Grid application frameworks have increasingly aligned themselves with the developments in WebServices. WebServices are currently the most popular infrastructure based on Service Oriented Architecture (SOA) paradigm. There are three core areas within the SOA framework: a set of capabilities that are remotely accessible, communications using messages, and metadata pertaining to the aforementioned capabilities. In this paper, we focus on issues related to the messaging substrate hosting these services; we base these discussions on the NaradaBrokering system. We outline strategies to leverage capabilities available within the substrate without the need to make any changes to the service implementations themselves. We also identify the set of services needed to build Grids of Grids. Finally, we discuss another technology, HPSearch, which facilitates the administration of the substrate and the deployment of applications via a scripting interface. These issues have direct relevance to scientific Gridapplications, which need to go beyond remote procedure calls in client-server interactions to support integrated distributed applications that couple databases, high performance computing codes, and visualization codes.
It should be noted that more recently there has been an effort to factor the OGSI  functionality to comprise a set of independent Web Service specifications. These specifications align OGSI with the consensus emerging from the WebServices Architecture working group of the World Wide Web Consortium. The specifications that comprise the new proposed framework – the WS- Resource Framework (WSRF)  – can co-exist with other specifications in the WebServices area such as authentication, transactions, reliable messaging and addressing. The WSRF specification also includes WS- Notification  which models notifications using a topic based publish/subscribe mechanism. Similarly, the WS- GAF  effort in the United Kingdom provides a framework for building Gridapplications using existing WebServices specifications while adhering to the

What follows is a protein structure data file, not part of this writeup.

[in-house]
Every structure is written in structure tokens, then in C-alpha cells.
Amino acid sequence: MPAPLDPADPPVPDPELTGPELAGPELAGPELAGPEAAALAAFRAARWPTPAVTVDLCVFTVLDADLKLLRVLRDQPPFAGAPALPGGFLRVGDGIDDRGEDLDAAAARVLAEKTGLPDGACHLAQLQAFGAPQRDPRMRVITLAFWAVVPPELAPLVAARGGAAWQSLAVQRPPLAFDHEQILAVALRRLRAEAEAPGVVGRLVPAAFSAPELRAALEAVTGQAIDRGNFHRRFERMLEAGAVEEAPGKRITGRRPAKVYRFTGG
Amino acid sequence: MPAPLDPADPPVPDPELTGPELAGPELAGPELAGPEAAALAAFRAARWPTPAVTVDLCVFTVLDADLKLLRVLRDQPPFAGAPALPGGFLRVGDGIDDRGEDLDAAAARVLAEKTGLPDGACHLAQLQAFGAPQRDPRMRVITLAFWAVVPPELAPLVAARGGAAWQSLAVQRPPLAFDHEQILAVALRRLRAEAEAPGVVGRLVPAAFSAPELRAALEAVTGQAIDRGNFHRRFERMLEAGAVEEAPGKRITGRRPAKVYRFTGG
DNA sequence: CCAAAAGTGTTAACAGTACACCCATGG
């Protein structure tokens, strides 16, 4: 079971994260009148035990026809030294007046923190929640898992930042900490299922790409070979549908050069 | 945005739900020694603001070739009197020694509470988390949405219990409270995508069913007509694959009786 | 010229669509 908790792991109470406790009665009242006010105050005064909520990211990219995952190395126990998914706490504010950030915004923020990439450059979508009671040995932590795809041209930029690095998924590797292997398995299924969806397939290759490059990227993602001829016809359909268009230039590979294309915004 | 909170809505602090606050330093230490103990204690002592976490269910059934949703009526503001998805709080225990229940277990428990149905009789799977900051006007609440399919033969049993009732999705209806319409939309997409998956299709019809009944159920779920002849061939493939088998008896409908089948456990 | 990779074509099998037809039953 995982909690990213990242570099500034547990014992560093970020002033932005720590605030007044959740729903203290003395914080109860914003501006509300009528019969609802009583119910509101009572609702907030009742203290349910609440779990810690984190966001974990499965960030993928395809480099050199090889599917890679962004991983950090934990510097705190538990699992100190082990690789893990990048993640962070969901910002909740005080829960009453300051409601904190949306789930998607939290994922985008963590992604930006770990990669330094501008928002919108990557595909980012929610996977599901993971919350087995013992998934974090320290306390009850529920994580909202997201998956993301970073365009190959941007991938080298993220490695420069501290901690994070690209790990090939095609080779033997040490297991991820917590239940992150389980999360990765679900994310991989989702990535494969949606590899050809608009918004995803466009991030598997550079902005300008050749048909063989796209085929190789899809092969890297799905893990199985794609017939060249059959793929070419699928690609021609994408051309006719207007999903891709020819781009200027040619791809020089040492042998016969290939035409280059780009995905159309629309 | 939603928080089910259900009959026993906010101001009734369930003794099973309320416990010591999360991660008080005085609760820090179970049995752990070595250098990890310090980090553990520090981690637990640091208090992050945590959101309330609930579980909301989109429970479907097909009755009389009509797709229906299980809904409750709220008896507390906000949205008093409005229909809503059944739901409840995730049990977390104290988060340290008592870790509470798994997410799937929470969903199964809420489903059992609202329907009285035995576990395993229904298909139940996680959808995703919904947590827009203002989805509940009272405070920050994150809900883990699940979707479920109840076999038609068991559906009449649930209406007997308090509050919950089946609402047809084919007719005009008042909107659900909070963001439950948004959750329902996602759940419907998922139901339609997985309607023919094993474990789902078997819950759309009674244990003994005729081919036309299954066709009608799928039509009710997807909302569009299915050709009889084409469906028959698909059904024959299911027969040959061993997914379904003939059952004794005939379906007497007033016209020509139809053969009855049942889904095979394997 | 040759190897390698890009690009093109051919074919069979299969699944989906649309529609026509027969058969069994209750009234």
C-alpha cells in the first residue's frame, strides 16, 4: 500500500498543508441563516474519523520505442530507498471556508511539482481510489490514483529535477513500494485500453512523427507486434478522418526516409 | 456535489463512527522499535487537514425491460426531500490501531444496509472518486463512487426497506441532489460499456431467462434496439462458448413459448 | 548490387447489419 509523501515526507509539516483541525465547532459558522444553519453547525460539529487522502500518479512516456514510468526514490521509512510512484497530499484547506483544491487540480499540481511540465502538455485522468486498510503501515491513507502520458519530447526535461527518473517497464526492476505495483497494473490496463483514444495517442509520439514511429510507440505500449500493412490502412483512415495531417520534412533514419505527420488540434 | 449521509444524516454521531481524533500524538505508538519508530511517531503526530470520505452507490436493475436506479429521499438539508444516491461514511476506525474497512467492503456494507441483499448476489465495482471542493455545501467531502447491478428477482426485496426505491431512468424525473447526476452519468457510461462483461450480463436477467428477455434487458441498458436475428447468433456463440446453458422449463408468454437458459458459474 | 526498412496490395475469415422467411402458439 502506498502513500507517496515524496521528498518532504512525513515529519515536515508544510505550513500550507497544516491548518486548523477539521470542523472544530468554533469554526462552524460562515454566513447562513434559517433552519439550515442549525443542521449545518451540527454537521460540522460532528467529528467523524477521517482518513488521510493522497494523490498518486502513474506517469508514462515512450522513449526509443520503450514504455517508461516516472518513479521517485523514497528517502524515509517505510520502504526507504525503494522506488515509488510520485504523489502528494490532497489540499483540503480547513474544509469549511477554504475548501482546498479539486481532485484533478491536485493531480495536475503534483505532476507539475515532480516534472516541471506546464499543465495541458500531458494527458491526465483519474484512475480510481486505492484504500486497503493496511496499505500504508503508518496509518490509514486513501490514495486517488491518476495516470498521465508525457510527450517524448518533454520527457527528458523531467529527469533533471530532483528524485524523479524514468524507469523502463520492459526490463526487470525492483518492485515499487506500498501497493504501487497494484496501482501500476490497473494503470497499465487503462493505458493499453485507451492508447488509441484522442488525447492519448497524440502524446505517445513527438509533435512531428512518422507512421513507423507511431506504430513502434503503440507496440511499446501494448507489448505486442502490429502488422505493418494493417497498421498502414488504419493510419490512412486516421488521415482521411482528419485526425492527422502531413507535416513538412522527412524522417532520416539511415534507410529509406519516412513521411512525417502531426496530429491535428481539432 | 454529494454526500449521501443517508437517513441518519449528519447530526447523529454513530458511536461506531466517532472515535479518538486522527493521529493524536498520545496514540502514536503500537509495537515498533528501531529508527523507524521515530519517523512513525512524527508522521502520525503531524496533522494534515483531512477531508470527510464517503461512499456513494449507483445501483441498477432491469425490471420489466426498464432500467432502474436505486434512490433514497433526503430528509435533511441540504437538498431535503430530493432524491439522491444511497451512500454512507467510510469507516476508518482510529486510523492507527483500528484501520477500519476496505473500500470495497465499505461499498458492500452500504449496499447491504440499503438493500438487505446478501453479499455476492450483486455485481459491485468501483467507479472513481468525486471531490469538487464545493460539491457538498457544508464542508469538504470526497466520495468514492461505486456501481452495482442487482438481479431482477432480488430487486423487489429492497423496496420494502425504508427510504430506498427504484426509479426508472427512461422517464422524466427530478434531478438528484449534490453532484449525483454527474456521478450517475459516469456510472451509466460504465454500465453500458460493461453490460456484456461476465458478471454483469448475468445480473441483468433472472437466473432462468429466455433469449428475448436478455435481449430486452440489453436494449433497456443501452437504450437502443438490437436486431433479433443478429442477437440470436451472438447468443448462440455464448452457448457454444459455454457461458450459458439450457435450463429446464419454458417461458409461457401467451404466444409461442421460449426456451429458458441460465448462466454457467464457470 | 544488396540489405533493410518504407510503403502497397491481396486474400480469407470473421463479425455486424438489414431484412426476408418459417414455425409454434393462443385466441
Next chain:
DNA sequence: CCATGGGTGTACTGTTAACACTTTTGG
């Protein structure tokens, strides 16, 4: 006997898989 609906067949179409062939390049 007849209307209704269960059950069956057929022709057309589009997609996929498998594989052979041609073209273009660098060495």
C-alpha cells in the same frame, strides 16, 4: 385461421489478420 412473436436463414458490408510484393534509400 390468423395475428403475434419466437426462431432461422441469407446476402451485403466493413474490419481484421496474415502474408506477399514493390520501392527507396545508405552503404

This white paper summarizes the current state of Grid Systems [Foster99A] [GGF-A] [Berman03A] [GapAnalysis] with particular attention to their possible relevance to HPCMP applications. We particularly wish to emphasize in this report a comprehensive view of Grid technologies and research: as we describe in the next sections, so-called “(meta)computing grids” are a subset of a much broader international research and development trend. In Section 2, we describe different types of Grids and contrast their use and implementation with clusters and massively parallel systems. Section 3 is a brief review of DoD opportunities stressing data services, portals and application integration rather than the “utility and metacomputing” areas where Grids were first proposed. The technology itself is summarized in section 4 in terms of different services linking Grid and Web Consortium approaches. Section 5 enumerates several possible DoD